November 3, 2018


Muslims and Jews stand together in grieving Pittsburgh (Ali Harb, 3 November 2018, ME Eye)

Among the kippahs at a memorial service for the Pittsburgh synagogue massacre victims on Friday, there were a few hijabs.

Wasi Mohamed, executive director of the Islamic Center of Pittsburgh, addressed mourners and worshippers at the Rodef Shalom Congregation, lauding the city's unity and the Jewish community's resilience.

"This wasn't about a hateful act; this was about a hopeful community building solidarity in the shadow of a crisis," Mohamed said.

An online crowdfunding campaign launched by Muslim activists across the country and coordinated locally by Mohamed has raised more than $230,000 for victims of the attack. [...]

As Mohamed left the synagogue on Friday, several members of the Jewish community walked up to him to express their gratitude.

"The Jewish community in America and the immigrant Muslim community in America have very similar stories. The Jewish community just has been here earlier," Mohamed told MEE.

He explained that early Jewish immigrants were vilified and isolated, much like Muslims today.

Mohamed added that beyond their experiences as minority groups, Muslim and Jewish Americans share Abrahamic faiths that allow them to relate to one another.

Asked if tensions had risen between the two communities locally because of the Israeli-Palestinian conflict, Mohamed said the strife in the Middle East is a political - not religious - issue.

"When you don't have everything painted in the lens of Israel-Palestine, you can actually talk about faith... We're here; we can actually talk about theology and the [religious] differences - what they believe and what we believe and have intellectual dialogue and civil discourse around things," Mohamed said.

He added that personal relationships make discussions about the Middle East less divisive and more productive.

"We can talk about solutions. We can talk about how to move forward because we know each other," Mohamed said. "We won't hate each other for not agreeing."

Countering the violent extremists among us (Hady Amr, October 30, 2018, Brookings)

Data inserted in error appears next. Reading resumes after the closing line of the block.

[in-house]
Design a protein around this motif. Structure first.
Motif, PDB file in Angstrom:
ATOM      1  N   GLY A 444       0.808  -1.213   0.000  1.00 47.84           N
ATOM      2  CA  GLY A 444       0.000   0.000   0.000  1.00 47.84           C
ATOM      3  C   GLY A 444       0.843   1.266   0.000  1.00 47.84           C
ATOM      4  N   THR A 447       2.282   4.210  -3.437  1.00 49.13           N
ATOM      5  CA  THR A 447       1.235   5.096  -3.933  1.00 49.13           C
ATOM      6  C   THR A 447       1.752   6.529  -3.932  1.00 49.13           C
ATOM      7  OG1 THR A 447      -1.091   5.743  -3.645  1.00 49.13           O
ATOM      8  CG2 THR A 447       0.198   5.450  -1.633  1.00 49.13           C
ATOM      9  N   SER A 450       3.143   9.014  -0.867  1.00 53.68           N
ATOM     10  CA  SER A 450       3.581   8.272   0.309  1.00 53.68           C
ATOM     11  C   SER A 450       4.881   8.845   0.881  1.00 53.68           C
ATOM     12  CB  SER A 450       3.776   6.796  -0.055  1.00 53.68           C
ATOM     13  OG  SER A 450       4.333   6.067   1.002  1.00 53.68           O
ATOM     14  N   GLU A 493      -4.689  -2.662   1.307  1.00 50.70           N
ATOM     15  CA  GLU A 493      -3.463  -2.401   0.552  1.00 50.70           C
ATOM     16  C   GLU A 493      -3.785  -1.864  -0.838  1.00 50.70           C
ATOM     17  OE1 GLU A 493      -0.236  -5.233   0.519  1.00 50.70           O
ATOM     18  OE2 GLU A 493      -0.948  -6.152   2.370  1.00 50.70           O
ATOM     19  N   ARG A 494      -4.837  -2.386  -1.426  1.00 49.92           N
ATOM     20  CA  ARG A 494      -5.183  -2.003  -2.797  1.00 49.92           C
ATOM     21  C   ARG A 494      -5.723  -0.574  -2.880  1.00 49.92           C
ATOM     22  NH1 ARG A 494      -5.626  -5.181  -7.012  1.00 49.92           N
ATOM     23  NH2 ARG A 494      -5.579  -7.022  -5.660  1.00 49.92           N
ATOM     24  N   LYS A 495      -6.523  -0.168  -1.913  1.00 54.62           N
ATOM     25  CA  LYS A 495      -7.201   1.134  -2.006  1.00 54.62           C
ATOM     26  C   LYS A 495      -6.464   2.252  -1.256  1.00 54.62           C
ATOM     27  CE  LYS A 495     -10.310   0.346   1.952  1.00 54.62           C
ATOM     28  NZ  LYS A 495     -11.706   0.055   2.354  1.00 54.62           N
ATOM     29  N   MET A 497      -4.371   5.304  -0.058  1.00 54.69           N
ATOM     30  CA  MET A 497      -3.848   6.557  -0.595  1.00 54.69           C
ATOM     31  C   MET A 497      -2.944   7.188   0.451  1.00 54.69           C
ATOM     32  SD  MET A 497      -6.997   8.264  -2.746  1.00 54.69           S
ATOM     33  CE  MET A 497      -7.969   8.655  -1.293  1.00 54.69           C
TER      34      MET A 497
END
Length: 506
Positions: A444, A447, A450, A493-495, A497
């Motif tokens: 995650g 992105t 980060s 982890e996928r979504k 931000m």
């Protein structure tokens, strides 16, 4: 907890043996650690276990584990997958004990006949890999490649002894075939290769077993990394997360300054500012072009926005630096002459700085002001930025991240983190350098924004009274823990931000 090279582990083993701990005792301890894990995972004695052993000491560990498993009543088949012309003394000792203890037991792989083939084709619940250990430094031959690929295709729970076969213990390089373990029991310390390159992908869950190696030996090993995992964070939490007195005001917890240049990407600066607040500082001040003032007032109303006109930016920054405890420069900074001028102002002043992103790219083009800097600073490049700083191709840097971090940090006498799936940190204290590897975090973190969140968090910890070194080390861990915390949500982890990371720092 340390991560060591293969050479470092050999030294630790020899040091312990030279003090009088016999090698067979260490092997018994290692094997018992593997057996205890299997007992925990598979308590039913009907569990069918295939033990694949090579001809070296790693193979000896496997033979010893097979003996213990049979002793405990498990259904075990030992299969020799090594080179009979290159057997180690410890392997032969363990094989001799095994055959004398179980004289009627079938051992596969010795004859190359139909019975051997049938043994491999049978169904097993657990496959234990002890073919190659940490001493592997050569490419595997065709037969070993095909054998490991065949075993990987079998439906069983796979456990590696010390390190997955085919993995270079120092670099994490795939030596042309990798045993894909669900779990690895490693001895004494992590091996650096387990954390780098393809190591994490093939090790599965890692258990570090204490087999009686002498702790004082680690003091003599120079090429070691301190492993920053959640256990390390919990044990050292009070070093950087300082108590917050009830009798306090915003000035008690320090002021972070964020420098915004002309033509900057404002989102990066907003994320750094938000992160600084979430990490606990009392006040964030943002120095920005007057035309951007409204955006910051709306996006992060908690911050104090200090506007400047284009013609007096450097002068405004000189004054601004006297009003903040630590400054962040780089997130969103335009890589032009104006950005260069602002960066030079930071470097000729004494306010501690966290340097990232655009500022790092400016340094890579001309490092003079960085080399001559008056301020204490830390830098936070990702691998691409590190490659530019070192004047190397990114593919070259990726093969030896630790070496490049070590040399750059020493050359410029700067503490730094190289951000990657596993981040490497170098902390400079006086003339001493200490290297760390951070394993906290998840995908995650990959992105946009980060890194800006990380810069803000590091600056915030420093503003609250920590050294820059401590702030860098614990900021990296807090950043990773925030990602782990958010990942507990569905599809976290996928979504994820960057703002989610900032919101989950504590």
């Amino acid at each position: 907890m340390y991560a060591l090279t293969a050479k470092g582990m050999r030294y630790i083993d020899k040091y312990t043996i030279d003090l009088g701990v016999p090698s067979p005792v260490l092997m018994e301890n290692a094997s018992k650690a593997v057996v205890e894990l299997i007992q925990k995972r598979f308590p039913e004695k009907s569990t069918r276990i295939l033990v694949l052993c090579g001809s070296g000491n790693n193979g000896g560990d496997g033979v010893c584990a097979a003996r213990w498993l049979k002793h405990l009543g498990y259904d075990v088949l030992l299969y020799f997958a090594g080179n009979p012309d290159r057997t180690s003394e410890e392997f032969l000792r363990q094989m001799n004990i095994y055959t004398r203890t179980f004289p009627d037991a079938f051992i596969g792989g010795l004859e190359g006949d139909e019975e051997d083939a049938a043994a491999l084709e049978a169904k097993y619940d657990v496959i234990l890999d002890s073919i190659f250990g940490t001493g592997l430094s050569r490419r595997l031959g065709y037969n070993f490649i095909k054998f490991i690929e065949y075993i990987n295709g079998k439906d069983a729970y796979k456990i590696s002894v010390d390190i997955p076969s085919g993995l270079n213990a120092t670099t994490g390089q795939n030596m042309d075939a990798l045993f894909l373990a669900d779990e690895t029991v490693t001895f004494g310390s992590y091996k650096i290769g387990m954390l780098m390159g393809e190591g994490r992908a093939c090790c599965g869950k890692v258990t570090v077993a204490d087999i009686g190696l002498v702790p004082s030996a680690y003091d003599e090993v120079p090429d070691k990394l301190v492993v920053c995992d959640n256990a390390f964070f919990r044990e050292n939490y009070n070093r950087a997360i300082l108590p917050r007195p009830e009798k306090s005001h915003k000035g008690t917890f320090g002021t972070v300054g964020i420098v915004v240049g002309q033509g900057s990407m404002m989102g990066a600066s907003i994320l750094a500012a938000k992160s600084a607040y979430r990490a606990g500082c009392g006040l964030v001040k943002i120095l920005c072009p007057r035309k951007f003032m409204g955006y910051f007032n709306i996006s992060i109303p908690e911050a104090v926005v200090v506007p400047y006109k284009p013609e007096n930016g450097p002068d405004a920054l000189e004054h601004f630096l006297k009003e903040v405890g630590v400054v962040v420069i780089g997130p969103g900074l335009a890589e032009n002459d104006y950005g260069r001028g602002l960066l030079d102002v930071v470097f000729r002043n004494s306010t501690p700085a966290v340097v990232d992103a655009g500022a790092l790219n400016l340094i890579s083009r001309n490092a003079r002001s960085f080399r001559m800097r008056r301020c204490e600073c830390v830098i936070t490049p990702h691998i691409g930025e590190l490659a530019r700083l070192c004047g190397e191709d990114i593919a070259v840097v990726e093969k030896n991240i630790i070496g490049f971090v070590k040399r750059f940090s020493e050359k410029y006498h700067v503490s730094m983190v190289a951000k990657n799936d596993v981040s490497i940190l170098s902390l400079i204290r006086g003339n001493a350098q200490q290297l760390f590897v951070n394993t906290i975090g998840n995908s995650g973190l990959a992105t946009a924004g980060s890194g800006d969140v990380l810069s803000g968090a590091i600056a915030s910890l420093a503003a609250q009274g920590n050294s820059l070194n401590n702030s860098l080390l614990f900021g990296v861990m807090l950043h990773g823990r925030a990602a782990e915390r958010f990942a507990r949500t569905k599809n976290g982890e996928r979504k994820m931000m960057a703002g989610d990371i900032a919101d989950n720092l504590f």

[W]ithin a week of the attack, President Bush addressed the nation from a leading Washington mosque to condemn anti-Muslim bigotry, saying, "The face of terror is not the true face of Islam," and, "Islam is peace."

Sure, that didn't solve things, but America's conservative president pressed forward with the vision of an inclusive America at home, while he rightly went to war against al-Qaida overseas.

Today, things are more complex. Is the "us" under attack comprised of Americans? From mail bombs sent to prominent Democrats, to the slaughter of American Jews at prayer, to a man who murdered African-Americans at a grocery store after failing to break into an African-American church, it certainly seems that a foundational ideal of America is indeed under attack.

That foundational ideal is: "E pluribus unum" ("Out of many, one"). It's printed on the coins in our pockets and on the Great Seal of the United States. 

Even more complicated and painful is to attempt to answer the question of who the "they" is. That's what brings me to shudder when I grapple with how to discuss this with my children: The "they" is also the "us." Or at least it's within us.

These murderers are effectively terrorists, and these terrorists are Americans. They are our neighbors. They are not some easily vilified foreign entity or individual. The killers are within us. They are of us. We can no longer avoid forcefully organizing ourselves to address this.

Posted by at November 3, 2018 3:57 AM